envelop spinner search close plus arrow-right arrow-left facebook twitter
History of Buckingham Presbyterian Church [Florida]

History of Buckingham Presbyterian Church [Florida]

by LYNNE Murray on March 01, 2020

A Note from Historian Lynne Murray

            Those of you doing a computer search of our congregation may have also brought up the website of another Buckingham Presbyterian Church, this one located on Buckingham Road in Fort Myers, Florida.  Their history is worth a look and I have copied it here.  I'm in awe of these dedicated Presbyterians who met and conquered the obstacles of organizing and building a new church.  It's particularly interesting to note they are exactly 300 years younger than our Buckingham.  We were organized in 1683 and they in 1983.

            The history of [Florida] Buckingham Presbyterian Church is one of faith, hope and love in action.  In the late 1970's the New Church Development Committee of the Peace River Presbytery targeted East Fort Myers as the highest priority area to begin a new church.  In 1981, Presbytery purchased a 10-acre tract of land on Buckingham Road, and in faith called Robert E. Veley to the challenge of serving as organizing pastor. In January 1981, Reverend Bob Veley accepted the call to become the organizing pastor for this new church that was envisioned. He immediately set to work inviting people to join the new Presbyterian fellowship. Faith and hope brought together a small but loving group. First, services were held in the offices of the Suburban Reporter, a local weekly newspaper. By April of 1981 growing attendance made it necessary to rent the Buckingham Community Center for services with 31 chartered members and lots of dreams. The church office was located in the pastor's home and Sunday School was held under the trees and later, in a motor home brought by a member each week. By November, 1981 we had moved ahead in faith and named ourselves Buckingham Presbyterian Church.

            It took a great deal of faith in those early days to endure the hardships of new church development. There was so much work and so few to do it! The building had no heat or air-conditioning. We learned early that creature comforts did not make a church. A church is a fellowship of love, and we had become that.

            In 1982 an architect was employed to draw the plans for the church buildings. A first phase consisted of a Fellowship Hall, offices and classrooms. Long-range projections call for a Sanctuary and additional classrooms. Our numbers were slowly growing, but our dreams of organization did not become realized until November, 1983 when we had our 100 chartered members. The organization celebration (held on Sunday, November 20, 1983 to celebrate the birth of the new church) was marred only slightly by rain, dripping through the roof. We had reached our first great hurdle: organization. A greater challenge, a home of our own, lay ahead.  A building committee had begun in 1983 and a building drive was undertaken. Less than 60 families pledged to start giving regularly to the dream of building our own church building. After struggling with our governmental regulations and red tape, persistence paid off.     On Mother's Day, 1985 we held our first service in our own building. The Fellowship Hall and classrooms were dedicated on November 17th of that year. We were a body of Christ held together by love and commitment to a dream. The future lay ahead.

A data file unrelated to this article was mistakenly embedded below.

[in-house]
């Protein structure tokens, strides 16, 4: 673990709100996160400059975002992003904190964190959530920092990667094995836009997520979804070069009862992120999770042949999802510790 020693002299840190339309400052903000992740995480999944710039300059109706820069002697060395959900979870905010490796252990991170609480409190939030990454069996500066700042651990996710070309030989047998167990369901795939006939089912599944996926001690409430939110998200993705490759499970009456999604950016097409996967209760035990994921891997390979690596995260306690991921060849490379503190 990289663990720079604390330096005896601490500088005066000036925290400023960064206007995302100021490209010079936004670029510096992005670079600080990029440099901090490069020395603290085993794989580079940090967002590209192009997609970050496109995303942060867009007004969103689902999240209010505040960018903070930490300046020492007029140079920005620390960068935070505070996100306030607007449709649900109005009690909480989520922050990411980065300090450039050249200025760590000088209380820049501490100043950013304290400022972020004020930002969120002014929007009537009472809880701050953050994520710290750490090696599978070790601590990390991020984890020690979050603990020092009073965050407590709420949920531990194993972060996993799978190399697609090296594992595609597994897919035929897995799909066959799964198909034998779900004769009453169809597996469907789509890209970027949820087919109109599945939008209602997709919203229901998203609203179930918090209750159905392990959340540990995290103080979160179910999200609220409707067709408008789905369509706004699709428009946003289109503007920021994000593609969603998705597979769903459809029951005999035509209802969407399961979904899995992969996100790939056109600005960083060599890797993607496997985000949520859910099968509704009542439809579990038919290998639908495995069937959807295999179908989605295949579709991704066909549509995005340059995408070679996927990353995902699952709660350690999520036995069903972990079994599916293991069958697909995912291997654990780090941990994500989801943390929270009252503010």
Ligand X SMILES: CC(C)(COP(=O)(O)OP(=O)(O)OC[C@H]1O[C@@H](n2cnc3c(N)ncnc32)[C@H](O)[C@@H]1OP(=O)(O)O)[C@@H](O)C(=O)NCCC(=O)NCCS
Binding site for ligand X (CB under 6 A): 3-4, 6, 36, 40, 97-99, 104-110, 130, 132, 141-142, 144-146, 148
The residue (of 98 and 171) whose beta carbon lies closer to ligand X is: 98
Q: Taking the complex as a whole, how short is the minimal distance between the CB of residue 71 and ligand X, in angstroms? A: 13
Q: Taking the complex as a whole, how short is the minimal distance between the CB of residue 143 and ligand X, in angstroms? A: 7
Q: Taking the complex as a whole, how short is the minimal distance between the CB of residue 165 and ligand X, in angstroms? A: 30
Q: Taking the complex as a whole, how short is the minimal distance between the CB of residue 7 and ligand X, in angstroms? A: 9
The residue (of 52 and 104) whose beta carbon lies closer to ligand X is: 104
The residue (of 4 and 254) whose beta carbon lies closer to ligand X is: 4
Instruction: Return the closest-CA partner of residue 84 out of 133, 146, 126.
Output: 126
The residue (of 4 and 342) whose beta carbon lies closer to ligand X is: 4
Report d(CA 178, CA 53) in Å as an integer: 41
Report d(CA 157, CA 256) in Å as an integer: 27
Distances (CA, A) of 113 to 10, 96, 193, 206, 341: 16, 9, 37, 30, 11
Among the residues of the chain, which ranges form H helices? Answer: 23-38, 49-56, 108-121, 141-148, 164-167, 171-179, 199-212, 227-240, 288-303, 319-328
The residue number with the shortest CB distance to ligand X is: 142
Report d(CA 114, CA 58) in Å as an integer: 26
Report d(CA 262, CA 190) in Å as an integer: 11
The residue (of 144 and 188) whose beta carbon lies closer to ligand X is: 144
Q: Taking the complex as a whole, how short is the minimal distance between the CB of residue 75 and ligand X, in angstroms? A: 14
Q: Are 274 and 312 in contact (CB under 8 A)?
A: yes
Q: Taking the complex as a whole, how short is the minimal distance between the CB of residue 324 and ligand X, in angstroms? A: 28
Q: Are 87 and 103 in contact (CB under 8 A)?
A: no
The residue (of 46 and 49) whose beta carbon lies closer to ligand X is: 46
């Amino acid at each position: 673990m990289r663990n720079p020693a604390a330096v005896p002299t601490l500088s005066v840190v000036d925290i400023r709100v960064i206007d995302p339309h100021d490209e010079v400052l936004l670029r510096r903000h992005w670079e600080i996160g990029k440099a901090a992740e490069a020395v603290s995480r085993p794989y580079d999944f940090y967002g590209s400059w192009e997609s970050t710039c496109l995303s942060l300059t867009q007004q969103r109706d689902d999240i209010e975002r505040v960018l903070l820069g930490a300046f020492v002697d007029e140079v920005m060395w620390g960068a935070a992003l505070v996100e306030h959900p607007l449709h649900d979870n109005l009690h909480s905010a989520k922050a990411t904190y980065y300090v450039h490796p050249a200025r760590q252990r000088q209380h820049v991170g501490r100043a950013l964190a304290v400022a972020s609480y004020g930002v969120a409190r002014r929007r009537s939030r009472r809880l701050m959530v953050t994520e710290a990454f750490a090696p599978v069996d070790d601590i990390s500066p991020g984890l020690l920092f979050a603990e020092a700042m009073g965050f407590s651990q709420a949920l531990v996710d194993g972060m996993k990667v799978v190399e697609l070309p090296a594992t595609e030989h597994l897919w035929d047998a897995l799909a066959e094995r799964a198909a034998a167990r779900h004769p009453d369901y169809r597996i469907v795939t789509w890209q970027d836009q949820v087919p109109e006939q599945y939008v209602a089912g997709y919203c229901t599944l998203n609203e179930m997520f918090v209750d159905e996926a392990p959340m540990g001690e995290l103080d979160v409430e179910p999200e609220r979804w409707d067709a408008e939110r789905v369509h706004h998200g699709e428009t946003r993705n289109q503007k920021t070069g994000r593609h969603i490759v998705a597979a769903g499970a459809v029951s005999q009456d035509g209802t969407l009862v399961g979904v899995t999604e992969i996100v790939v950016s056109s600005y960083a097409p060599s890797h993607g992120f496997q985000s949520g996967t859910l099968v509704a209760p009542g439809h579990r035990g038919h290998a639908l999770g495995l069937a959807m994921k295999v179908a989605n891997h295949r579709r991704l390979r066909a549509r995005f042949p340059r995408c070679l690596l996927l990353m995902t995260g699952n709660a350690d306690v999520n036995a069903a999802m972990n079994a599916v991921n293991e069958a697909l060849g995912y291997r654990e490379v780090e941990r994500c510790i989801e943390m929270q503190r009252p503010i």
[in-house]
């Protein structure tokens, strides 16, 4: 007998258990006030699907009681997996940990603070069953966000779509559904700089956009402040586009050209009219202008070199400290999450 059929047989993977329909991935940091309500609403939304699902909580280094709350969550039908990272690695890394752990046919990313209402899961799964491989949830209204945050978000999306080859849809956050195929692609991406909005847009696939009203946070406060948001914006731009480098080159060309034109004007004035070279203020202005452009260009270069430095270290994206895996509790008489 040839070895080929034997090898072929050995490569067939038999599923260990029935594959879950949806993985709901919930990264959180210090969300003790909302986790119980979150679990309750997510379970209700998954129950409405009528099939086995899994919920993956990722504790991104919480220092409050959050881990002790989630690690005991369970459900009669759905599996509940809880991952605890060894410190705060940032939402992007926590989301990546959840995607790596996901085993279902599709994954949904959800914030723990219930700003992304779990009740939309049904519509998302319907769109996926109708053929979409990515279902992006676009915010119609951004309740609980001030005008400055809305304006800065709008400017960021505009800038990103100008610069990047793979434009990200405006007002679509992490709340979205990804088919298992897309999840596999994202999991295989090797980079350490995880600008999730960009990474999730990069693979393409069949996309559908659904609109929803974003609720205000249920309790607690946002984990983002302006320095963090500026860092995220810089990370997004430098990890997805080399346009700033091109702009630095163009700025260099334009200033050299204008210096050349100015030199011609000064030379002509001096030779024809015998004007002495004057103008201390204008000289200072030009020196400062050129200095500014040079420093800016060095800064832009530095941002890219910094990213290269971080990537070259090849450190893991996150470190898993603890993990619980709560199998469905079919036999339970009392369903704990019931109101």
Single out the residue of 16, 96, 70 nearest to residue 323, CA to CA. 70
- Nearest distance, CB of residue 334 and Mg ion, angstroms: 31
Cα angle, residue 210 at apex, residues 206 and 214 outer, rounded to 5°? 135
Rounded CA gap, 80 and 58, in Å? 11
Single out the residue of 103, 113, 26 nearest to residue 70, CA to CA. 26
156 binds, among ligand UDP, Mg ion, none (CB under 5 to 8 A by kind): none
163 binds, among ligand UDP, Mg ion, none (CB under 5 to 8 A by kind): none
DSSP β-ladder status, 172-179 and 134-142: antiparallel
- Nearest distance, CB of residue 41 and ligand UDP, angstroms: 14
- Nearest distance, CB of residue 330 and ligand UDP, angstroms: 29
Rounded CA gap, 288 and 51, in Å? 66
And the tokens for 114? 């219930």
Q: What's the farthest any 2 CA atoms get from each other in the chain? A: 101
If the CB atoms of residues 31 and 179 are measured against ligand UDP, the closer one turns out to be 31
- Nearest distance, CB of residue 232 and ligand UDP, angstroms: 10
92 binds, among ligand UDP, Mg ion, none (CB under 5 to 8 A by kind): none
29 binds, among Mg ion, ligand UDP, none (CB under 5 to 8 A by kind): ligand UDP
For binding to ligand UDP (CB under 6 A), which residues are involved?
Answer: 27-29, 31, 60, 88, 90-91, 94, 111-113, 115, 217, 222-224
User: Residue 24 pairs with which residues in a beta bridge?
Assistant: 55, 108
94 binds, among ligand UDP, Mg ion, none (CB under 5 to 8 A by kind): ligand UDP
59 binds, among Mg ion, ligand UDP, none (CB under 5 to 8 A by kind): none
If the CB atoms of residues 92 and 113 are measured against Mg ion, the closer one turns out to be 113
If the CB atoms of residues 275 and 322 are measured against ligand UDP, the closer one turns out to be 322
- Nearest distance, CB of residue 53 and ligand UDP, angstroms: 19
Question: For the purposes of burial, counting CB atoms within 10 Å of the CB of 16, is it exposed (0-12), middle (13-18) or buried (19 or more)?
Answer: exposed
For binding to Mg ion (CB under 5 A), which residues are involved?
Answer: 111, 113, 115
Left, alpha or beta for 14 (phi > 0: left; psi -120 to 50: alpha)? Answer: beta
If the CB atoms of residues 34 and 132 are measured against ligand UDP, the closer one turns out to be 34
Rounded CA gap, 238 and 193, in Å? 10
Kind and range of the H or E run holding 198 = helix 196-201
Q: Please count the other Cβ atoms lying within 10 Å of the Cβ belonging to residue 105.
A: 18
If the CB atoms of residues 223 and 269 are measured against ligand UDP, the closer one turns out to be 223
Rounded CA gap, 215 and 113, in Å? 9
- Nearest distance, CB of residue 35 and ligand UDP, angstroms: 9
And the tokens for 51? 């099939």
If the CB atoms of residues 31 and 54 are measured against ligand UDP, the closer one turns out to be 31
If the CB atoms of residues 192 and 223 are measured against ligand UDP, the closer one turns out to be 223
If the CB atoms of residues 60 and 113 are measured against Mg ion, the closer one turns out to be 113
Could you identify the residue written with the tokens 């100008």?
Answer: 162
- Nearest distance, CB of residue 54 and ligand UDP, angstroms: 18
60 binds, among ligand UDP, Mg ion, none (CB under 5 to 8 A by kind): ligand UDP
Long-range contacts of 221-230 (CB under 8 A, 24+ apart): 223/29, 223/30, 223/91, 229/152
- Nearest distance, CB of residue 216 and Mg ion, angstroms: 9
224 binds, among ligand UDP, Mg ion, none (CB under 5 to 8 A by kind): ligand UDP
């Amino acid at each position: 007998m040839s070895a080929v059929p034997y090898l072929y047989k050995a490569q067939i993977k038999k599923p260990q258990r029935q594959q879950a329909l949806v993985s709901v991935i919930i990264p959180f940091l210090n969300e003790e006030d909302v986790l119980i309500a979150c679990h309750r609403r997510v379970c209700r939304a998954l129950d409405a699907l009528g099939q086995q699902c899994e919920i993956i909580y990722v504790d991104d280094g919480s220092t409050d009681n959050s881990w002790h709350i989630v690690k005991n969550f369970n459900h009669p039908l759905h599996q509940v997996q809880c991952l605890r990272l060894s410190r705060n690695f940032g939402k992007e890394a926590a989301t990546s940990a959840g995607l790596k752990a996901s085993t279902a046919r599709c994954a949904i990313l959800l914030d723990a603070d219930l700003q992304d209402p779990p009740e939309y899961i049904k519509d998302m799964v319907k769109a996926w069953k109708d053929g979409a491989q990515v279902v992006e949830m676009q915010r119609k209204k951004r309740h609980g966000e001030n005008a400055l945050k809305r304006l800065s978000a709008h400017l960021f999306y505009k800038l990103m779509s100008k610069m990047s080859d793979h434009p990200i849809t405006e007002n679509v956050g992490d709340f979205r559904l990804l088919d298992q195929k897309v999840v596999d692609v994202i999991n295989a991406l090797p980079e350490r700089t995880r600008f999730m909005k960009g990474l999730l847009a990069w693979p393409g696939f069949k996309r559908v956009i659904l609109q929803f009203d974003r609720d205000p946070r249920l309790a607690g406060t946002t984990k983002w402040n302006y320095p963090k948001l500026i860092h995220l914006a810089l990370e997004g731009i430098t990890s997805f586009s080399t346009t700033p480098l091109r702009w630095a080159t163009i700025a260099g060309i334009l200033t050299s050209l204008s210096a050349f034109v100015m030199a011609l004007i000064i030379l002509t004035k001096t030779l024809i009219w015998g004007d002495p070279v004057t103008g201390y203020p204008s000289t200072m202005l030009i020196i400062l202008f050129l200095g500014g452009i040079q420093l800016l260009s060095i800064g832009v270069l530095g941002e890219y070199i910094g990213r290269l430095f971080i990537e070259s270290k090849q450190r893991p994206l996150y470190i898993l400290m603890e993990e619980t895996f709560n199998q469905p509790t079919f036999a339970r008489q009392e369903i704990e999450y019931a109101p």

The future is now. We are still seeking new members. With growth comes additional programs and services, new needs physically and financially. The faith, hope and love which is the cornerstone of our church family points us to new horizons and new challenges. We've known all along that with faith, hope, and love, miracles happen. Our church is proof. Our people are its testimony.

            This story of the other Buckingham Presbyterian Church is truly inspiring.  Although our handsome Gothic Revival building dates from 1905, we have issues in common with our southern colleague such as maintenance and fund-raising.  Perhaps the most notable difference between our two congregations is the presence of palm trees in their front yard!

Happy Trails, Lynne

                                            Buckingham Presbyterian Church,  Fort Myers, FL 



Tags: church, florida, presbyterian, buckingham

return to Church Historian's Blogs